The Brink of Ruin
“Never was general in a more critical position than I was: God has delivered me; his be the praise! He gives me health, though I am worn out with labor, fatigue, and miserable dissensions that have determined me to ask for my recall. Heaven grant that I may get it!”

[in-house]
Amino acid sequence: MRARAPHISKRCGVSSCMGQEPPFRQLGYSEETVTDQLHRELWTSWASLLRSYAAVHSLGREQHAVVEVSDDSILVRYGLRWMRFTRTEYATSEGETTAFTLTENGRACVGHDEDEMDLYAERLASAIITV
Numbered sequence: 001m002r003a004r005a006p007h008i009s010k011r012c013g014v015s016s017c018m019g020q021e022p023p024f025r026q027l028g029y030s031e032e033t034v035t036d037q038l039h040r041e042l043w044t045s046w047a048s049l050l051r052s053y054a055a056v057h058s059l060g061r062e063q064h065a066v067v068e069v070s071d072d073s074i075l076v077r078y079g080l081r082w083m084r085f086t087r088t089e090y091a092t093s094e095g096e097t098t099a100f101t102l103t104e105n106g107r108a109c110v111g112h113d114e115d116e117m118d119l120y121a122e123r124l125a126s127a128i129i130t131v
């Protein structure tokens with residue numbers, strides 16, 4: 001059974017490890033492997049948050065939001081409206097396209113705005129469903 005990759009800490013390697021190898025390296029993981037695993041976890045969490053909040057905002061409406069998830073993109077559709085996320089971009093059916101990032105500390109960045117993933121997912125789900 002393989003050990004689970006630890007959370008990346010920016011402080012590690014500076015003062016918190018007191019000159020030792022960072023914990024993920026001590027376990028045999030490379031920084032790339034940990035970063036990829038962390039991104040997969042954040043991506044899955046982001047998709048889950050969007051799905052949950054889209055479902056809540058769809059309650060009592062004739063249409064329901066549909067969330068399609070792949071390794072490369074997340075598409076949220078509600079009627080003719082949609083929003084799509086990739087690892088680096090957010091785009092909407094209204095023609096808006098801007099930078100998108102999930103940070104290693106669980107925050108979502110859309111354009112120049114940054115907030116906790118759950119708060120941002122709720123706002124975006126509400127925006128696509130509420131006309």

Thus wrote Montcalm to his mother after his triumph at Ticonderoga. That great exploit had entailed a train of vexations, for it stirred the envy of Vaudreuil, more especially as it was due to the troops of the line, with no help from Indians, and very little from Canadians. The Governor assured the Colonial Minister that the victory would have bad results, though he gives no hint what these might be; that Montcalm had mismanaged the whole affair; that he would have been beaten but for the manifest interposition of Heaven; and, finally, that he had failed to follow his (Vaudreuil’s) directions, and had therefore enabled the English to escape. The real directions of the Governor, dictated, perhaps, by dread lest his rival should reap laurels, were to avoid a general engagement; and it was only by setting them at nought that Abercromby had been routed. After the battle a sharp correspondence passed between the two chiefs. The Governor, who had left Montcalm to his own resources before the crisis, sent him Canadians and Indians in abundance after it was over; while he cautiously refrained from committing himself by positive orders, repeated again and again that if these reinforcements were used to harass Abercromby’s communications, the whole English army would fall back to the Hudson, and leave baggage and artillery a prey to the French. These preposterous assertions and tardy succors were thought by Montcalm to be a device for giving color to the charge that he had not only failed to deserve victory, but had failed also to make use of it. He did what was possible, and sent strong detachments to act in the English rear; which, though they did not, and could not, compel the enemy to fall back, caused no slight annoyance, till Rogers checked them by the defeat of Marin. Nevertheless Vaudreuil pretended on one hand that Montcalm had done nothing with the Canadians and Indians sent him, and on the other that these same Canadians and Indians had triumphed over the enemy by their mere presence at Ticonderoga. “It was my activity in sending these succors to Carillon [Ticonderoga] that forced the English to retreat. The Marquis de Montcalm might have made their retreat difficult; but it was in vain that I wrote to him, in vain that the colony troops, Canadians and Indians, begged him to pursue the enemy." The succors he speaks of were sent in July and August, while the English did not fall back till the first of November. Neither army left its position till the season was over, and Abercromby did so only when he learned that the French were setting the example.